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Bee_see

  • one year ago

Draw all non-isomorphic trees on 4 vertices. There are only 2 of them.

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  1. Bee_see
    • one year ago
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  2. Bee_see
    • one year ago
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    I don't understand the text for how to find the non-isomorphic trees for n vertices.

  3. beginnersmind
    • one year ago
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    Do you feel like you have a good handle on what it means for two graphs to be isomorphic? I don't mean reciting the definition, but looking at two graphs and telling if they are isomorphic or not?

  4. Bee_see
    • one year ago
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    I know there are some things that make two graphs isomorphic...same degree sequence, if they are connected, same number of vertices and edges, and the labeling.

  5. beginnersmind
    • one year ago
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    Isomorphic graphs are basically the same with the labels of the vertices rearranged. E.g:|dw:1441339530967:dw| So anyway, if you look at that tree on 3 vertices, you can see that there are two types of vertices. The middle and the end. This gives you a hint of how you can connect the 4th vertex.

  6. Bee_see
    • one year ago
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    why can't the graphs for 3 vertices be drawn like..|dw:1441339802826:dw|? why only straight?

  7. beginnersmind
    • one year ago
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    They could, but it would make no difference. They would still be the same graphs.

  8. beginnersmind
    • one year ago
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    All that matters is which vertices are connected through which edges.

  9. Bee_see
    • one year ago
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    how are they the same graph?

  10. beginnersmind
    • one year ago
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    A graph is a list of verticies and a list of edges. Something like this: Vertices: A, B, C Edges: A connected to B B connected to C You can draw these graphs in various ways. Here's 3 drawings all representing the same graph: |dw:1441340182327:dw|

  11. Bee_see
    • one year ago
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    ok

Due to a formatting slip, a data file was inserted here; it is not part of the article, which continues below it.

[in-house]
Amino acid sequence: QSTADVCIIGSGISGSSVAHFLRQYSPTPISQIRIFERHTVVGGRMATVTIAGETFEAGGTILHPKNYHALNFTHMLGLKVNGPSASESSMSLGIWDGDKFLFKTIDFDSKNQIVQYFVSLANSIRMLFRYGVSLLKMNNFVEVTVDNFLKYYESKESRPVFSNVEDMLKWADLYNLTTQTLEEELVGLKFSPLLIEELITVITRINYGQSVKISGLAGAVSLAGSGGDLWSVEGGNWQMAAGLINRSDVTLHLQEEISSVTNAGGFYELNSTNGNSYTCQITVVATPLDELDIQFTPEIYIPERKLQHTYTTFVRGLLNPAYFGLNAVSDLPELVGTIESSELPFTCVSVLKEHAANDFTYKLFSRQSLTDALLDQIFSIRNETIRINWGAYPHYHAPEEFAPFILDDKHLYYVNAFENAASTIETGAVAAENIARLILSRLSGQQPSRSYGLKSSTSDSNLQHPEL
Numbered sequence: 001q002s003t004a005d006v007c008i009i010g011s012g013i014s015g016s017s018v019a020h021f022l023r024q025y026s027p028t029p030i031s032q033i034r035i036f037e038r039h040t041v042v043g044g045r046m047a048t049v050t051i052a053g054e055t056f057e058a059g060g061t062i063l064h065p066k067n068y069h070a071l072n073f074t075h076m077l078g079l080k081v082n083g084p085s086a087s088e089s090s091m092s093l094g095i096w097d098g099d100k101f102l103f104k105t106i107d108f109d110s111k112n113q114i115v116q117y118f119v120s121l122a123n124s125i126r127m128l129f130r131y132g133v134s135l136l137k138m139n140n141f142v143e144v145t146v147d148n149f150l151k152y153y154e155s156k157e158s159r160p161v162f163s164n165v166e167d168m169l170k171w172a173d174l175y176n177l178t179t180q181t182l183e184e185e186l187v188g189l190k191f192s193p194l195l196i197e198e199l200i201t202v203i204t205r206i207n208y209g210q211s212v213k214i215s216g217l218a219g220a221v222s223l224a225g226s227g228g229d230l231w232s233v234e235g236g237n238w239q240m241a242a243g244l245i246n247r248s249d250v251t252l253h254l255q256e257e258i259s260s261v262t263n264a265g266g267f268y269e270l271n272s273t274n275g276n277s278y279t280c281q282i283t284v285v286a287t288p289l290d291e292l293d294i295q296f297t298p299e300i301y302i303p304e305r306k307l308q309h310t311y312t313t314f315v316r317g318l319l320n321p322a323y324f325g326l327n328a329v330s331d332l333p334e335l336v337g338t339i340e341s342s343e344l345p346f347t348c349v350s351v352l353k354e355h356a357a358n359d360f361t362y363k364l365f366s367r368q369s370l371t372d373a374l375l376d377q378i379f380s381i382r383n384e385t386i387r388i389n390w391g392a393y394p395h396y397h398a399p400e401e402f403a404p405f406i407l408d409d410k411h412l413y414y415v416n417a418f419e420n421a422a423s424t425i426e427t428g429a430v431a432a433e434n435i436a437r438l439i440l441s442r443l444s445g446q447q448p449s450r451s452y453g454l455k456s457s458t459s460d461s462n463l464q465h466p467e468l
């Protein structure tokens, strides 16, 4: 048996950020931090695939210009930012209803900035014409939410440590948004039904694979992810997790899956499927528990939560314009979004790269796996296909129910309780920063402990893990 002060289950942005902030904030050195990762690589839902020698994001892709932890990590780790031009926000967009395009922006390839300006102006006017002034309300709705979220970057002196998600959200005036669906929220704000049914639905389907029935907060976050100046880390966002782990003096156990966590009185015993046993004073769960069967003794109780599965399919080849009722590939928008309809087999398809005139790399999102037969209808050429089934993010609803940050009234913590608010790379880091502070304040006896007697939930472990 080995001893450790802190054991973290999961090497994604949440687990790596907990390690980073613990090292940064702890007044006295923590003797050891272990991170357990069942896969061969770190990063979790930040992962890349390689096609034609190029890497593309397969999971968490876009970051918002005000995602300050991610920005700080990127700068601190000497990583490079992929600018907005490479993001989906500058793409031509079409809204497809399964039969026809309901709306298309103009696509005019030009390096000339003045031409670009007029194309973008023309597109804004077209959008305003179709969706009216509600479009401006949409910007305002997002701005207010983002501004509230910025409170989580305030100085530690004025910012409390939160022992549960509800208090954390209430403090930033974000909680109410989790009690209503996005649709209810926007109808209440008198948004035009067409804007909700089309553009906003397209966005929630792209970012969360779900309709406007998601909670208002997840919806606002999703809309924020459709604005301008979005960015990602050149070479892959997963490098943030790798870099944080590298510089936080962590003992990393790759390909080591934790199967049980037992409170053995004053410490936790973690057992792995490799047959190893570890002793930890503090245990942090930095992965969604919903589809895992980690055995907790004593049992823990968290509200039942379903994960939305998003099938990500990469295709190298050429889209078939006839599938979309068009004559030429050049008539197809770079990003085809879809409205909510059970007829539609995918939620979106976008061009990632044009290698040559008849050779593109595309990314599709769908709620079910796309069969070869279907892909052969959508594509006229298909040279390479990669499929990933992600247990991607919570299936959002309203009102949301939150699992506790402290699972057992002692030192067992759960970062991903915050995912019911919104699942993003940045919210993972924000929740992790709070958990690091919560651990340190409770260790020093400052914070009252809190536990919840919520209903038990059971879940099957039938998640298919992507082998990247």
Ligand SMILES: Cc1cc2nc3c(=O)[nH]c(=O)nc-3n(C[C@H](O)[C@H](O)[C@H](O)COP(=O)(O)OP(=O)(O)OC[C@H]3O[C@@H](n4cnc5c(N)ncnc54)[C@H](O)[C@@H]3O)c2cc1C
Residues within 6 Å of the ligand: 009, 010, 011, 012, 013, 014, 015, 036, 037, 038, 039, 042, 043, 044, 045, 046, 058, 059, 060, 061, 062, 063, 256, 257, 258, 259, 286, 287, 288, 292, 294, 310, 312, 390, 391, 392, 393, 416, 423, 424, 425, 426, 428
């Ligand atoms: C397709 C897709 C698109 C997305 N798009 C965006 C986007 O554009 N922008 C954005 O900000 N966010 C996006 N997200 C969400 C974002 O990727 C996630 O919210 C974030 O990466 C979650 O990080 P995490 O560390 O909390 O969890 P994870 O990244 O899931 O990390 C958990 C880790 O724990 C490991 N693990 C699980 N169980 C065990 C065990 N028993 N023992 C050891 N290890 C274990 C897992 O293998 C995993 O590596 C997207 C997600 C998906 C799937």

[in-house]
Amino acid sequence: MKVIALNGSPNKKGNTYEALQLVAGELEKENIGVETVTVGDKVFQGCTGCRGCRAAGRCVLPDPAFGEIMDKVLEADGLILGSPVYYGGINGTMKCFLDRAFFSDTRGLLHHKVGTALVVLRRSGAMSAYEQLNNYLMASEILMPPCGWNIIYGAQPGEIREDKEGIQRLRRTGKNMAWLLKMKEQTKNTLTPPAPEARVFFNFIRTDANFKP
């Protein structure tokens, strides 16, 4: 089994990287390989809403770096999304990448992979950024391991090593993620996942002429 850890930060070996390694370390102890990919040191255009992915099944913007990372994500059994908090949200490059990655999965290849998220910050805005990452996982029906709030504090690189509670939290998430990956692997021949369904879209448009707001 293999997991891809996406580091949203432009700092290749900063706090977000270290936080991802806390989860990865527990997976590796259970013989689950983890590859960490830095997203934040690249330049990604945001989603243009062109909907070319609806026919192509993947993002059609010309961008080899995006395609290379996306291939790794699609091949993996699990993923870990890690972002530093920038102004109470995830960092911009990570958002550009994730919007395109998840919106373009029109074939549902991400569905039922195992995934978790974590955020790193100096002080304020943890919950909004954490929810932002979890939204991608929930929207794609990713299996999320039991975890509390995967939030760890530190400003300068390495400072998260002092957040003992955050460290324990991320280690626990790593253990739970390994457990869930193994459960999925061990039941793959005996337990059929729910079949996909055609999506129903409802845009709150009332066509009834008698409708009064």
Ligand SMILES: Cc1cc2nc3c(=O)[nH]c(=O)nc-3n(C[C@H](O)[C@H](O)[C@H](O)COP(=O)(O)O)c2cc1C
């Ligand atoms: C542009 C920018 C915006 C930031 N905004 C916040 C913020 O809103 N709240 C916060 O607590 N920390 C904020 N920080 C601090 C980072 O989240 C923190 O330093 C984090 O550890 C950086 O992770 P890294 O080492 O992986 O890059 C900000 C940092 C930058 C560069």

12. beginnersmind
    • one year ago
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    So yeah, graphs are lists of vertices and edges (with the two end-vertices included). Trees are graphs where you can't go around a circle. Isomorphism is kind of hard to describe in a few lines but if 2 graphs look the same with the names of the vertices removed then they are isomorphic.

  13. beginnersmind
    • one year ago
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    E.g. |dw:1441340605627:dw| No matter how I try to relabel the vertices of (1), I won't get (2). They are fundamentally different.

  14. beginnersmind
    • one year ago
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    Here's an example with trees|dw:1441340784337:dw| Can you guess if these two are isomorphic?

  15. Bee_see
    • one year ago
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    I guess they are isomorphic...But I'm just guessing...

  16. Bee_see
    • one year ago
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    you did write to pay attention to the middle and last vertex in the graph with 3 vertices...I see that you added vertices in this different spots..

  17. Bee_see
    • one year ago
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    these*

  18. beginnersmind
    • one year ago
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    Yes, and that's an important difference. Note that the left hand side one vertex is connected to 3 edges. On the right 2 edges is the maximum. I can't change that by shuffling around the names of the vertices.

  19. beginnersmind
    • one year ago
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    I'm going to list the edges for both: On the left hand side we have: L_E = {(A,B) , (B,C) , (B,D)} On the right hand side: R_E = {(A,B) , (B,C) , (C,D)} The question is can I change around the labels so that I get the same pairs for both? An isomorphism of L_E would be to take all vertices and change them to something else. For example A->B, B->C, C->D, D->A The list of edges after our isomorphic transformation would look like this: L_E* = {(B,C) , (C,D) , (C,A)} or graphically |dw:1441341810154:dw|

  20. beginnersmind
    • one year ago
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    By the left and right I mean the graphs in the earlier post|dw:1441341985270:dw|

  21. beginnersmind
    • one year ago
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    Anyway, this is getting somewhat long and I'm not sure this is the best format to explain graphs :) I suggest rereading the text, to try to clear up some confusions.

  22. Bee_see
    • one year ago
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    That's fine. I will re-read the text.

  23. beginnersmind
    • one year ago
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    good luck

  24. zzr0ck3r
    • one year ago
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    They are isomorphic if there is a bijection \(\alpha\) between the sets of vertices such that if \(u\) is adjacent to \(v\) then \(\alpha(u)\) is adjacent to \(\alpha(v)\). I am assuming we mean simple graphs, else the definition is a little more technical, but says the same thing.

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